La Sept was a French free-to-air television network and production company created on 23 February 1986 to develop cultural and educational programming for transmission via the TDF 1 satellite. In French, the word "sept" means the number seven; it not only represents the seventh network to have signed on in France, but it also serves as an acronym, for Société d'édition de programmes de télévision (Television Programme Production Corporation).
|Launched||14 May 1989|
|Closed||1 August 2000|
|Picture format||576i (SDTV)|
|Slogan||Le 5 (The 5)|
|Headquarters||50 avenue Théophile-Gautier|
|UHF||Broadcasting on FR3|
|TDF 1||Unknown (1989–1992)|
|Lyons Cable||Channel 7|
In 1985, Georges Fillioud, French Minister of Transport, charged Pierre Desgraupes with creating programmes for one or more of the five channels of the high power satellite TDF 1 launched in 1988. On 27 February 1986, La Société d'édition de programmes de télévision was created by Bernard Faivre d'Arcier, cultural adviser to the Prime Minister Laurent Fabius and began to develop a stock of programmes. It was chaired by historian George Duby.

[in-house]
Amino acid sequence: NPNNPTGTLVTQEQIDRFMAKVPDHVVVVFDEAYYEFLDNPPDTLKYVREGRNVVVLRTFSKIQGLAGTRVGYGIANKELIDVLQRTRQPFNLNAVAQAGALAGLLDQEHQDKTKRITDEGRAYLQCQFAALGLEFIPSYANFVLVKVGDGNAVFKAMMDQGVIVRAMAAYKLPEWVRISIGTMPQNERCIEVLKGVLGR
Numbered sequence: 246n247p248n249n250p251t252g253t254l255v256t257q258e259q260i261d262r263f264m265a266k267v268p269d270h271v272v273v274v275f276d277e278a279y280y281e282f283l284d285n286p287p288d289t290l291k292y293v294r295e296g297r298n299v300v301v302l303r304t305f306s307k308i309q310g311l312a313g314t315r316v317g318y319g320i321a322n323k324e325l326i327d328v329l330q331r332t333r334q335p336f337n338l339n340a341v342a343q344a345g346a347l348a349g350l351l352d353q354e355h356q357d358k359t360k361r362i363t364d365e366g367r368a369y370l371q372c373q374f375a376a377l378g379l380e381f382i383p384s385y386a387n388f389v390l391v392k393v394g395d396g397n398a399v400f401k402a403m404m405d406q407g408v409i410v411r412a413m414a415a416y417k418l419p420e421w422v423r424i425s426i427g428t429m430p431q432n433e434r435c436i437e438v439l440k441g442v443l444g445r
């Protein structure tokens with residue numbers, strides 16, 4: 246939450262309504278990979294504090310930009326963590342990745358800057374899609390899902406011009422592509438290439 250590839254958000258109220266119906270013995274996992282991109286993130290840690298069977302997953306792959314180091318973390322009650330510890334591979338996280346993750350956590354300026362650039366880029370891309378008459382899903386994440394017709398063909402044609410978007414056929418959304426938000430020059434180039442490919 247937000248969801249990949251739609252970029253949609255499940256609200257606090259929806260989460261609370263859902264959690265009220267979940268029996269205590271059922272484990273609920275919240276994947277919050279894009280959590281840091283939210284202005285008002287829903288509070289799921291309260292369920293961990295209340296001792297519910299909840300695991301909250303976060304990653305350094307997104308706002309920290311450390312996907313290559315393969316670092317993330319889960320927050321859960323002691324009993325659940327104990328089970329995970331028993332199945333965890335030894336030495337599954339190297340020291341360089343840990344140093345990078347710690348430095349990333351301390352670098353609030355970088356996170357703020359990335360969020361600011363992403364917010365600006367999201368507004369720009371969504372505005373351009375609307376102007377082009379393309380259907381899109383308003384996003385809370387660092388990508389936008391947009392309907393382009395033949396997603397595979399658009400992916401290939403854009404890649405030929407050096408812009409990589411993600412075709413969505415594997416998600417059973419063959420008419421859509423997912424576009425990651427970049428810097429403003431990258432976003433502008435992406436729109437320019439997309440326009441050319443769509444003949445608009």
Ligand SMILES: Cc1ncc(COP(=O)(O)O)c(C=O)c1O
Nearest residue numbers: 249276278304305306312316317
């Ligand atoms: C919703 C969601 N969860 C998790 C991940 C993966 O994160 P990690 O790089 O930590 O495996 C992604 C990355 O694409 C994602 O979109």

In March 1989, the full name of La Sept changed, becoming La Société européenne de programmes de télévision (European Television Programme Corporation). In April 1989, the Conseil supérieur de l'audiovisuel granted permission to broadcast on one of TDF 1's channels, and it began transmission on 14 May 1989. The station broadcast three hours and 30 minutes of programmes per day, each programme broadcast twice. In June, an agreement was reached to broadcast La Sept's programmes on cable television, and on 3 February 1990, FR3 gave the La Sept a window on their terrestrial broadcast channel every Saturday from 15:00 to midnight.
On 30 May 1992, La Sept lost its role of broadcaster to Arte, a Franco-German EEIG group created on 2 October 1990. On 27 September 1993 it changed its name to Sept-ARTE, and became ARTE France on 1 August 2000.